How are No Closing Cost mortgages possible?
No closing cost mortgages sound great! Who would not prefer to avoid paying the $2,000 or more it costs to sign for a mortgage, or “close the loan” as the mortgage lingo goes? So why do we even have loans that require the borrower to pay closing costs?
No Closing Cost Mortgages an Advertising Gimmick?
No closing cost mortgages are possible because you pay for them. Yes, it’s true and don’t be misled! You either pay the costs to close when you sign for your home loan or pay a slightly higher rate and pay the costs to close over time. How much higher? Well, it depends on how much you are borrowing and your personal financial picture. We only recommend this option for clients who need a short-term loan. That’s because a higher rate, even a slightly higher rate, can add up over the life of a home loan. Make sure when you compare rates that you are also comparing the costs to close.
Should I Read More?
If you know what “no closing costs” means and you’re looking for a rate quote, you can call us. We’re available after hours and weekends, too, and we offer no closing cost mortgages!
Or email firstname.lastname@example.org.
You can also go to our Instant Rate Quote Calculator which will show a low or no closing cost option. Otherwise, read more.
No Cost Closings: Too Good To Be True
You see it all over the internet, “No Closing Cost Mortgages.” It sounds too good to be true. How can a lender pay $2,000 or more in closing costs on my behalf? If you believe there are no free lunches, you are right! When you borrow the money for a home loan, you cover the costs to close. You can check it with the Consumer Finance Protection Bureau.
When We Recommend It. A no closing cost mortgage may be a good option for you in the following situations:
- If you are tight on cash to close.
- If you are planning to stay in the home less than four years.
Just What Are the Costs to Close?
Costs to close a loan include the loan officer’s time, the fee to appraise the home, a title search on the home, and credit report fees.
- Loan Officer Fees. A loan officer will spend many hours securing your loan.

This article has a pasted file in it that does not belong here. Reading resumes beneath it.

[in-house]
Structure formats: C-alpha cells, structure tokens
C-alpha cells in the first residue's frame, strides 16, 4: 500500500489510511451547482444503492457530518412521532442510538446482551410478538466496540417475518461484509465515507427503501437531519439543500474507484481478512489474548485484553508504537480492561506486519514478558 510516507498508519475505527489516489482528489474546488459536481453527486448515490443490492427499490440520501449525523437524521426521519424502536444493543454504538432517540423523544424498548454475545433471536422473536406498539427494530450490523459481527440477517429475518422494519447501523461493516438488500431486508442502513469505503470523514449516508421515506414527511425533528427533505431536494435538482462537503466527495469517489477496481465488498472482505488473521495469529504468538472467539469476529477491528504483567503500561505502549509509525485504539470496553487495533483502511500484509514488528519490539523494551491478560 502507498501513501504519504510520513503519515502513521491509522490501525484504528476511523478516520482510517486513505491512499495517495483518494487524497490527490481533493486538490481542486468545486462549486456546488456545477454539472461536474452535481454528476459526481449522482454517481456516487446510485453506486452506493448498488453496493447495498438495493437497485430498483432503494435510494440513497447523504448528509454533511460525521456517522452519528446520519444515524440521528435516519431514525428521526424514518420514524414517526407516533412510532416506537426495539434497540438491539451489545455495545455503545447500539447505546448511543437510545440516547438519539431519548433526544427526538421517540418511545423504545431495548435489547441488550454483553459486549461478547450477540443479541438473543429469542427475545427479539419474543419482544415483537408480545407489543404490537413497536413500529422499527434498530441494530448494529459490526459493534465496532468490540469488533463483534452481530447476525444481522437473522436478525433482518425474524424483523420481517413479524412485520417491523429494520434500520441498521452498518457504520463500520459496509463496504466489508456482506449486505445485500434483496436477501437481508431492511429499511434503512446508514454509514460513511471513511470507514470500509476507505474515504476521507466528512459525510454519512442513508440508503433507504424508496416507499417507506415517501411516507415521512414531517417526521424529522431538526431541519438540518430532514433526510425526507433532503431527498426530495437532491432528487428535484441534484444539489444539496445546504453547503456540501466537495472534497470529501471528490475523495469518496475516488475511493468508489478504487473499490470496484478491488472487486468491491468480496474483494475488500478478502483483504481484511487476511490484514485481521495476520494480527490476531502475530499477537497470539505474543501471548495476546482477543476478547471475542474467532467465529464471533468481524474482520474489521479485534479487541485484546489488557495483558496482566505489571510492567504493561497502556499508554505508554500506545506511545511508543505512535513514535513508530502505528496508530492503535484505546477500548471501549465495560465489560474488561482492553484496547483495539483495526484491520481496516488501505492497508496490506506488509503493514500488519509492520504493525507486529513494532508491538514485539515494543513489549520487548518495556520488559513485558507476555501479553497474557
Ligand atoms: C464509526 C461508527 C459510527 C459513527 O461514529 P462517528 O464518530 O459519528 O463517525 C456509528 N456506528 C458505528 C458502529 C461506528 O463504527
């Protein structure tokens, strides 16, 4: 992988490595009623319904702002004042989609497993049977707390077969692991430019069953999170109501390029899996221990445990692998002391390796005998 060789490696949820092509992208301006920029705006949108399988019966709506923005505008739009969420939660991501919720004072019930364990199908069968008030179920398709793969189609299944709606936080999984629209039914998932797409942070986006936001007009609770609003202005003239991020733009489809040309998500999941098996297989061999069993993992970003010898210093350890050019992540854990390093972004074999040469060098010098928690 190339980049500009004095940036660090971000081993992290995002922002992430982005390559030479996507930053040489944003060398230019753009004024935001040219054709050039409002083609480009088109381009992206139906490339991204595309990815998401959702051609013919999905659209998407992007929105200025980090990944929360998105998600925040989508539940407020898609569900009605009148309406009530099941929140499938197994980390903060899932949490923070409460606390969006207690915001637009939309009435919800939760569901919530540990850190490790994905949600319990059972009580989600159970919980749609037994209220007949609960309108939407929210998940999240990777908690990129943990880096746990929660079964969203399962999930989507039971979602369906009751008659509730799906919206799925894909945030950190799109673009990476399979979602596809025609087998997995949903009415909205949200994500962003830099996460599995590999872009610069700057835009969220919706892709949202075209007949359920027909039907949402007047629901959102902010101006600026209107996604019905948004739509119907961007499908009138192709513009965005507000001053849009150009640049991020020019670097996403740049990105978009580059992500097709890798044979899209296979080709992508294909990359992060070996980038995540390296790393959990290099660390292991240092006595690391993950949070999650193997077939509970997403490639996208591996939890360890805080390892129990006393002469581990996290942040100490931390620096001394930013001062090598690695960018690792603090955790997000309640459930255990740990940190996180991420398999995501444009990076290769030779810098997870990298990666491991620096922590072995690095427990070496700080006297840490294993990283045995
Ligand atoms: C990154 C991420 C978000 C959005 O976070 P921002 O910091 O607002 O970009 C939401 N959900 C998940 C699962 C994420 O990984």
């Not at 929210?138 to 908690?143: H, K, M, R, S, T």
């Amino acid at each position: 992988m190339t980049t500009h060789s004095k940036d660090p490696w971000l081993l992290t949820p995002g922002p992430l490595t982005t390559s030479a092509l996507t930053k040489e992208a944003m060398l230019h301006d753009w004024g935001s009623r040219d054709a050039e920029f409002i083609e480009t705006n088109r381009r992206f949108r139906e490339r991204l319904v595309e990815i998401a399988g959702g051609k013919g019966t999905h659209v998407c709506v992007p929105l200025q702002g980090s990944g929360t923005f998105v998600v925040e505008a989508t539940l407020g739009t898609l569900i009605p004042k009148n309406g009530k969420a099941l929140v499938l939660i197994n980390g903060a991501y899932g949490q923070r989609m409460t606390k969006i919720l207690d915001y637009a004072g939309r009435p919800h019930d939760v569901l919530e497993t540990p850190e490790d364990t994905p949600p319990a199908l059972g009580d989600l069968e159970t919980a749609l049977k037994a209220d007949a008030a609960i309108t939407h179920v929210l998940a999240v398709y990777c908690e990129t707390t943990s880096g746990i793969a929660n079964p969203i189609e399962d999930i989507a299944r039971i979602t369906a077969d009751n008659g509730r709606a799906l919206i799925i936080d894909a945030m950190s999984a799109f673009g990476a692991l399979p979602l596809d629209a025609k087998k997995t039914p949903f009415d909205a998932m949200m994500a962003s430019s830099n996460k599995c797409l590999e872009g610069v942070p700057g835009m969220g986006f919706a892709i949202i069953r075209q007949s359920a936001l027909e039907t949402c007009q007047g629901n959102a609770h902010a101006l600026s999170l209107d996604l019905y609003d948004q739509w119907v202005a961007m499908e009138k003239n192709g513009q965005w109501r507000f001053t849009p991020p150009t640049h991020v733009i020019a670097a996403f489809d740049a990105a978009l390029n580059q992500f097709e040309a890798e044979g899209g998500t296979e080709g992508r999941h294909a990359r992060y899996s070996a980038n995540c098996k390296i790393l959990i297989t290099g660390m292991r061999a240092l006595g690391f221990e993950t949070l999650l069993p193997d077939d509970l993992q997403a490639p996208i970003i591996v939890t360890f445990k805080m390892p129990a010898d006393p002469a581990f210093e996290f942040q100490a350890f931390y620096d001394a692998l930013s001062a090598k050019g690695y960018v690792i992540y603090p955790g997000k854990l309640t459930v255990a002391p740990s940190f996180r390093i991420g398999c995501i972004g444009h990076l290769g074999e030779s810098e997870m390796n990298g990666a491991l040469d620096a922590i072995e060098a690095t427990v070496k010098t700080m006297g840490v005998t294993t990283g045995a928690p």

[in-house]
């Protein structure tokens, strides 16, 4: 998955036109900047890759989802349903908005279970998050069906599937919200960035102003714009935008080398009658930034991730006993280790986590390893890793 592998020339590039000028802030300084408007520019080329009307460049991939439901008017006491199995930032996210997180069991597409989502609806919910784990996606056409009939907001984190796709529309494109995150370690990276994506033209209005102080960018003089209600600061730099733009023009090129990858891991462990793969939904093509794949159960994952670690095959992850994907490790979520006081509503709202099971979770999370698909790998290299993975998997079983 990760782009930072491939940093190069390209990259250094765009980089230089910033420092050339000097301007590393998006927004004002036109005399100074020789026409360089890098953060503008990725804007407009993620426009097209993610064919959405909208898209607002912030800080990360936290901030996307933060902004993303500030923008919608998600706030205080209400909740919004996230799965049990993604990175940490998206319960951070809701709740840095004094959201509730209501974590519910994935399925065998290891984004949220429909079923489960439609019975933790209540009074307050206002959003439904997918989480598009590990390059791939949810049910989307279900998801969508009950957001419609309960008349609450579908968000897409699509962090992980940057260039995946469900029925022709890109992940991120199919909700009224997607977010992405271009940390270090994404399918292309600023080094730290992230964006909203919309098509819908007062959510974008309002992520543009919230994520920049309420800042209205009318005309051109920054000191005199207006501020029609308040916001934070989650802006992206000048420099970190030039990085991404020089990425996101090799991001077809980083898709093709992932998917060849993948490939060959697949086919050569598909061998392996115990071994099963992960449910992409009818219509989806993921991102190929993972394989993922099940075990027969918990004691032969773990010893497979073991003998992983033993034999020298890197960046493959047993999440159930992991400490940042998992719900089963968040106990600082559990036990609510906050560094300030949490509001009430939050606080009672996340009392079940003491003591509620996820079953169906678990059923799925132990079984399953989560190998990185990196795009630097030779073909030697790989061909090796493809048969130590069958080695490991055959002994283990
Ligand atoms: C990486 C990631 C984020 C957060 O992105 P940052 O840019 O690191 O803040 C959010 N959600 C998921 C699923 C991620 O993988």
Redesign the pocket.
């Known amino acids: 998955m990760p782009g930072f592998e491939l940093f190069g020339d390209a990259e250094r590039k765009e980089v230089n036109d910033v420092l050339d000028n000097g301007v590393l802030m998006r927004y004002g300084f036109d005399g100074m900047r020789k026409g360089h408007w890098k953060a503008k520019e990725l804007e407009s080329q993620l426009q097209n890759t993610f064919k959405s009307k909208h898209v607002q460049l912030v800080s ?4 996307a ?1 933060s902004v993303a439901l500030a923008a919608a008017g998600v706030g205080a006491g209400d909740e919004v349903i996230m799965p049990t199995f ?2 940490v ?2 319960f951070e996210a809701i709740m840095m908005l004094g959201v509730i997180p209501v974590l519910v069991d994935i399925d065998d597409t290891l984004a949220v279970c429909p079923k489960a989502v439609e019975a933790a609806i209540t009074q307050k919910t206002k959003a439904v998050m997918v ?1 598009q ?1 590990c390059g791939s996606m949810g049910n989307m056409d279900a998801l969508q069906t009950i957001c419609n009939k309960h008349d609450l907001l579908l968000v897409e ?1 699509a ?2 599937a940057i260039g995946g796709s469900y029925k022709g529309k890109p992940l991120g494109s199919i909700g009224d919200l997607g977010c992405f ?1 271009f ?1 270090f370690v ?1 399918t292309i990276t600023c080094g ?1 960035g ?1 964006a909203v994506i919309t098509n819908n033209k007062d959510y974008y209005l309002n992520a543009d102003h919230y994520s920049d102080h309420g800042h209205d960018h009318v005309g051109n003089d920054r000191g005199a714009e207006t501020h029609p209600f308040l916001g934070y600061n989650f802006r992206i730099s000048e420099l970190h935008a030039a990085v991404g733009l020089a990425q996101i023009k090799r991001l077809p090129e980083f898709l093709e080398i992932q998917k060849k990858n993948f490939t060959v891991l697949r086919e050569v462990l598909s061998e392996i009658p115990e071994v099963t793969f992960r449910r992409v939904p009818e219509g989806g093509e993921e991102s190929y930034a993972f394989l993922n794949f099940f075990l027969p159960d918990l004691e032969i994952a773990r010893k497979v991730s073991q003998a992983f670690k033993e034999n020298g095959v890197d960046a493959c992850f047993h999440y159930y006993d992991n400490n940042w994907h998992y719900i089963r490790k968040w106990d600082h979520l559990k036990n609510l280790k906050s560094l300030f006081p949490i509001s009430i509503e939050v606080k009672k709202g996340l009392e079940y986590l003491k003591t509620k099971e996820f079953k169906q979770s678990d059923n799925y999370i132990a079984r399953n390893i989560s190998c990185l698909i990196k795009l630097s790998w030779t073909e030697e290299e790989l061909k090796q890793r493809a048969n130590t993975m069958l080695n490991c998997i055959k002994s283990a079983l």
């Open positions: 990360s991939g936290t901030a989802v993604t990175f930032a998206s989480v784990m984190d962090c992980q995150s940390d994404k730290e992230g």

- Attorney Fees. In North Carolina, you choose the attorney to prepare the legal documents for you to sign or “close your loan.”
- Title Search Fees and Insurance. Your attorney will do a title search to make sure there are no legal issues with the “title to” or ownership of your home and also no tax liens or judgments against the sale of the home. The attorney will obtain title insurance to protect you and the lender on any title risks. There is a one-time charge for title insurance which you will pay at closing.
- Home Inspection Fees. A board-certified expert will inspect the condition of the home and give you a home inspection report, This report is used to negotiate any needed repairs with the seller.
- Appraisal Fees. A board-certified appraiser will do an appraisal on the house to determine its fair market value.
- Credit Agency Fees. A charge for one or more credit reports is part of the costs.
And the Bottom Line?
Here in North Carolina, count on financing or paying $1,500 to $3,000 depending on the amount you borrow for your closing.
- Compare. We always advise friends, family, and clients to get at least two quotes from mortgage lenders so you can compare their closing costs – as well as their interest rates.
- Good Faith Estimate. You’ll find the costs to close on your “Good Faith Estimate.” Federal law requires mortgage lenders to provide loan applicants with a Good Faith Estimate (GFE) of the closing costs within three days of submitting an application. The GFE is your lender’s estimate of the fees they’ll charge for preparing your loan. The fees that come from the lender cannot change and are binding. Other fees can vary up to a total of 10 percent.
- HUD-1. The document that shows your actual costs to close is called a Settlement Statement or HUD-1. Federal law requires mortgage lenders to provide loan applicants with a HUD-1 Settlement Statement of the closing costs at least one day prior to signing for, or closing, the loan. The HUD-1, which you sign at closing, should not vary from the initial GFE unless there has been a “change of circumstance” that altered the interest rate or closing costs. For example, your appraisal could come in lower than expected and change your lender fees slightly. If there is a change of circumstance you should be provided a new GFE and told why. Page three of the settlement statement compares the GFE estimated closing costs side by side with the actual fees.
- Referrals. Ask for recommendations from friends and family for a good loan officer or mortgage broker
Why Work With Us?
Carolina Home Mortgage is local and an independent small business. You’ll find our rates are low if you do the comparison. For 15 years we have helped clients become our neighbors. You don’t get to do that unless you offer quality and client-centered service.
Email your questions to
or call us. At the end of the day, we report to you, not the bank. We are available after hours and weekends, too!